# Thompson groups

This page is about the infinite Thompson groups F, T and V. For the sporadic finite simple group Th see Thompson group (finite).

In mathematics, the Thompson groups (also called Thompson's groups, vagabond groups or chameleon groups) are three groups, commonly denoted F, T and V, which were first studied by the logician Richard Thompson in 1965. Of the three, F is the most widely studied, and is sometimes referred to as the Thompson group or Thompson's group.

The Thompson groups, and F in particular, have a collection of unusual properties which have made them counterexamples to many general conjectures in group theory. All three Thompson groups are infinite but finitely presented. T and V are (rare) examples of infinite but finitely presented simple groups. The group F is "just non-abelian" in the sense that it is not abelian, but all its proper homomorphic images are abelian. F is totally ordered, has exponential growth, and does not contain a subgroup isomorphic to the free group of rank 2. It is not presently known whether F is amenable, but it is known not to be elementary amenable. If it turns out not to be amenable, then it will provide another counterexample to the long-standing but recently disproved von Neumann conjecture for finitely presented groups, which suggested that a finitely presented group is amenable if and only if it does not contain a copy of the free group of rank 2. In the other hand, if F is amenable, then it will be the very first example of an amenable group that isn't elementary amenable.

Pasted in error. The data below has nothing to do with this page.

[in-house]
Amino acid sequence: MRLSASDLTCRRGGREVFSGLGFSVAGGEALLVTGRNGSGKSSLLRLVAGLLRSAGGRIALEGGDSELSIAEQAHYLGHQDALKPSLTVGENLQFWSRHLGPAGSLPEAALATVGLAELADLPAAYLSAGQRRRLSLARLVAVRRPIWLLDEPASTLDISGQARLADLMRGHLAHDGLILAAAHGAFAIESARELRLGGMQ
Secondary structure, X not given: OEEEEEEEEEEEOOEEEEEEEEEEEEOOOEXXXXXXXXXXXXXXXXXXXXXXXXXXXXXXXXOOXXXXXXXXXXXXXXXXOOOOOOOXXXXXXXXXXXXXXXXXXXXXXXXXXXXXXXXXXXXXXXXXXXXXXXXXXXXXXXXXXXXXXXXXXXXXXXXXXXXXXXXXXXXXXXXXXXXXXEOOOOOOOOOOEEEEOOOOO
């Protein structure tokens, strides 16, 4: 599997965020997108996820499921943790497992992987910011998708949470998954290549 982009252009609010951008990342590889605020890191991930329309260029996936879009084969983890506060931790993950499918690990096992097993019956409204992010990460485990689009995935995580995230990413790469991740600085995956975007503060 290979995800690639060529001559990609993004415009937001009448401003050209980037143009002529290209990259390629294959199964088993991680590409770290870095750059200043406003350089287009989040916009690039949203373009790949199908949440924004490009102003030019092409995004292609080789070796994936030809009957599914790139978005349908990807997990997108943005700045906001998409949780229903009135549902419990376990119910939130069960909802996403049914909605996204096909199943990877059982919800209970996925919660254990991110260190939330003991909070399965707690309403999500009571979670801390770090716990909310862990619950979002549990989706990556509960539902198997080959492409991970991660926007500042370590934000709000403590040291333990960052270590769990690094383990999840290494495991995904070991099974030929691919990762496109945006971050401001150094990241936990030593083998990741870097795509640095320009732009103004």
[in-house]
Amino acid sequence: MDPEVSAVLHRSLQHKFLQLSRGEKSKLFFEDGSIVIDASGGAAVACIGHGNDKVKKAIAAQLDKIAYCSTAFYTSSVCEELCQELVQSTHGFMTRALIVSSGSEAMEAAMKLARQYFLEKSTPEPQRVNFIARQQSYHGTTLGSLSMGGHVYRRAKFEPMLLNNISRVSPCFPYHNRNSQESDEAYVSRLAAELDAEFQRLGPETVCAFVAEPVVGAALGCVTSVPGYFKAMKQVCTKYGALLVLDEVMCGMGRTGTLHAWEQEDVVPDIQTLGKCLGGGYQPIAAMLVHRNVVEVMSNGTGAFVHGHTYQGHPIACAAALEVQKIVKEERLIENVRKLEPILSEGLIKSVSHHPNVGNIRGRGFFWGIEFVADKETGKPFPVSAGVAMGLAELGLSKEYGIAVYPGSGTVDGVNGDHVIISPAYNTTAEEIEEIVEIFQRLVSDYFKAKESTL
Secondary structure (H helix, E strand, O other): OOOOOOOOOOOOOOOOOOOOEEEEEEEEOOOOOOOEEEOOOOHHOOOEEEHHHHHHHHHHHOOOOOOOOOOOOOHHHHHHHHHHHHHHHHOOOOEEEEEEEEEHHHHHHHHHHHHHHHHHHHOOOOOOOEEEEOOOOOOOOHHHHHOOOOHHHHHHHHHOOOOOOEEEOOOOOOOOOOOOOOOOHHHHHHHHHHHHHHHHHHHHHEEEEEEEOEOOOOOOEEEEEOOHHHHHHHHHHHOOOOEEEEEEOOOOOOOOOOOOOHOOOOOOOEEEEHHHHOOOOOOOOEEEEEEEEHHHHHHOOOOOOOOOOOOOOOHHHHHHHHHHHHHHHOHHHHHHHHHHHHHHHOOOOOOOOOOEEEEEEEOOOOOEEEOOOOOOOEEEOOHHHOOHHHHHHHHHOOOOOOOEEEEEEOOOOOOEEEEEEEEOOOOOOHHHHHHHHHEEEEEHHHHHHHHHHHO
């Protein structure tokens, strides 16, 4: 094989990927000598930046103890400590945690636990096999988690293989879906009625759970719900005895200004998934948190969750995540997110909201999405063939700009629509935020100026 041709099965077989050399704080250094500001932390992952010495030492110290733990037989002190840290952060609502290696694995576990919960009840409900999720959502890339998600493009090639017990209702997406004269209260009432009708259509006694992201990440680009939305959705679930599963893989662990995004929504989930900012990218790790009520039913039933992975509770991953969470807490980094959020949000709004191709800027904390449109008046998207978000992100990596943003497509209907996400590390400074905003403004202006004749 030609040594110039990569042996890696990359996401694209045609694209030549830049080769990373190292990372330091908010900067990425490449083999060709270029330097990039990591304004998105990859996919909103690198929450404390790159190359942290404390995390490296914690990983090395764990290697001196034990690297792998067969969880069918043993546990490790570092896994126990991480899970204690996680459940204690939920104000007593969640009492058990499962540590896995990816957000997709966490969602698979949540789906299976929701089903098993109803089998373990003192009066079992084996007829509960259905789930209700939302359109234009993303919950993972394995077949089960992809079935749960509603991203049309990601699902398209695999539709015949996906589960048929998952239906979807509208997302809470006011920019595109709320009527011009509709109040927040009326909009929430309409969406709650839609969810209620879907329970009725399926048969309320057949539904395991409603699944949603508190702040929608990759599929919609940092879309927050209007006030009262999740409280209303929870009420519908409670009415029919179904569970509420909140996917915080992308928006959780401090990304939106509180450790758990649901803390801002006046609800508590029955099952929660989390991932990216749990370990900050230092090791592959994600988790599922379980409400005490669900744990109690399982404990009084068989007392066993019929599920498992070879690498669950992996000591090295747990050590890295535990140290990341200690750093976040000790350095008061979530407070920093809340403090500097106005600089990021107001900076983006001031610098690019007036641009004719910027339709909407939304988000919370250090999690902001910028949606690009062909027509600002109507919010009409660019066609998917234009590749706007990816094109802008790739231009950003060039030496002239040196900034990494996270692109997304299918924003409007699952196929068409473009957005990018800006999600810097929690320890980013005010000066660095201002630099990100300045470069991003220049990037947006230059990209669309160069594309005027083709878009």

The finite presentation of F is given by the following expression:

[itex]\langle A,B \mid\ [AB^{-1},A^{-1}BA] = [AB^{-1},A^{-2}BA^{2}] = id \rangle[itex]

where [itex][x,y] = xyx^{-1}y^{-1}[itex] is the usual commutator.

Although F has a finite presentation with 2 generators and 2 relations, it is most easily and intuitively described by the infinite presentation:

[itex]\langle x_0, x_1, x_2, \dots\ \mid\ x_k^{-1} x_n x_k = x_{n+1}\ \mathrm{for}\ k

It also has realisations in terms of operations on binary trees, and as a group of piecewise linear homeomorphisms of the unit interval.

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